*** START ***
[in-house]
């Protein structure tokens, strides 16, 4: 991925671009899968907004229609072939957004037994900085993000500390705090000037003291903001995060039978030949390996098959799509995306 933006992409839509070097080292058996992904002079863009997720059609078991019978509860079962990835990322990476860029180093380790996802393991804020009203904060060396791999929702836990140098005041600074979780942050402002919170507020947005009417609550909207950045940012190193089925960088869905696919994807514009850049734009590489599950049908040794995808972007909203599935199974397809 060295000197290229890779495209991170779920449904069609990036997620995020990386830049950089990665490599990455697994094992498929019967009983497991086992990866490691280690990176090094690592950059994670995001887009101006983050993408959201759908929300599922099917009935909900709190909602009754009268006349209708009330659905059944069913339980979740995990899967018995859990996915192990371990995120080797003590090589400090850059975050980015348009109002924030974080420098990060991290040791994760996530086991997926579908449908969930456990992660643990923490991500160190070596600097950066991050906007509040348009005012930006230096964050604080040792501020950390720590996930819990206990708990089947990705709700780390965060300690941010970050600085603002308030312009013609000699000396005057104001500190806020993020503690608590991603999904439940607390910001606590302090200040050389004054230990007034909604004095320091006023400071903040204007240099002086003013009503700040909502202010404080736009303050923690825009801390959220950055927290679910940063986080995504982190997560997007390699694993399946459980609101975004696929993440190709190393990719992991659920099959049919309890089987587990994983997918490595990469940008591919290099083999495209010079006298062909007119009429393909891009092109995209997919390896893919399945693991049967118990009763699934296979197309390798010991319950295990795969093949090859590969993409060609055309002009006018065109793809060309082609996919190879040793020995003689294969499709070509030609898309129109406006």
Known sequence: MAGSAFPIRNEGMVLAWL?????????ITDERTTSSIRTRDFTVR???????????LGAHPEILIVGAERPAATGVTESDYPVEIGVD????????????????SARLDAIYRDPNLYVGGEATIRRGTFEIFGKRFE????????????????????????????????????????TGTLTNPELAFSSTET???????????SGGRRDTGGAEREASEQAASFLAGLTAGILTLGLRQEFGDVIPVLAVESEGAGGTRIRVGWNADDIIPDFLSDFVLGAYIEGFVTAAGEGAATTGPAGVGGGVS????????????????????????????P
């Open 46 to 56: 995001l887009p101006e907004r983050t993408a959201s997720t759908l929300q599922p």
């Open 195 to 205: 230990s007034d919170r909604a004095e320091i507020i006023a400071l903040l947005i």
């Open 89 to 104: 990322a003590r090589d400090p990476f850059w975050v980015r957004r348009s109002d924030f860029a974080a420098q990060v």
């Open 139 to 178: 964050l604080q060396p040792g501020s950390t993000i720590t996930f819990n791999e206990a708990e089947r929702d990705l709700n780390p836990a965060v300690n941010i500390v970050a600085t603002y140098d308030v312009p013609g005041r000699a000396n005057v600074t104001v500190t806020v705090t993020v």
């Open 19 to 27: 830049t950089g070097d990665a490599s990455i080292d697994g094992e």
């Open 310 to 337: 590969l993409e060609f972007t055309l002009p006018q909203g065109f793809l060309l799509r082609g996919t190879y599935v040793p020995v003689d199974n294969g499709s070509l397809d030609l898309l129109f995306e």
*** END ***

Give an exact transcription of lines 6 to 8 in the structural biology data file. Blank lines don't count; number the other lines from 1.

């Open 89 to 104: 990322a003590r090589d400090p990476f850059w975050v980015r957004r348009s109002d924030f860029a974080a420098q990060v």
């Open 139 to 178: 964050l604080q060396p040792g501020s950390t993000i720590t996930f819990n791999e206990a708990e089947r929702d990705l709700n780390p836990a965060v300690n941010i500390v970050a600085t603002y140098d308030v312009p013609g005041r000699a000396n005057v600074t104001v500190t806020v705090t993020v």
């Open 19 to 27: 830049t950089g070097d990665a490599s990455i080292d697994g094992e």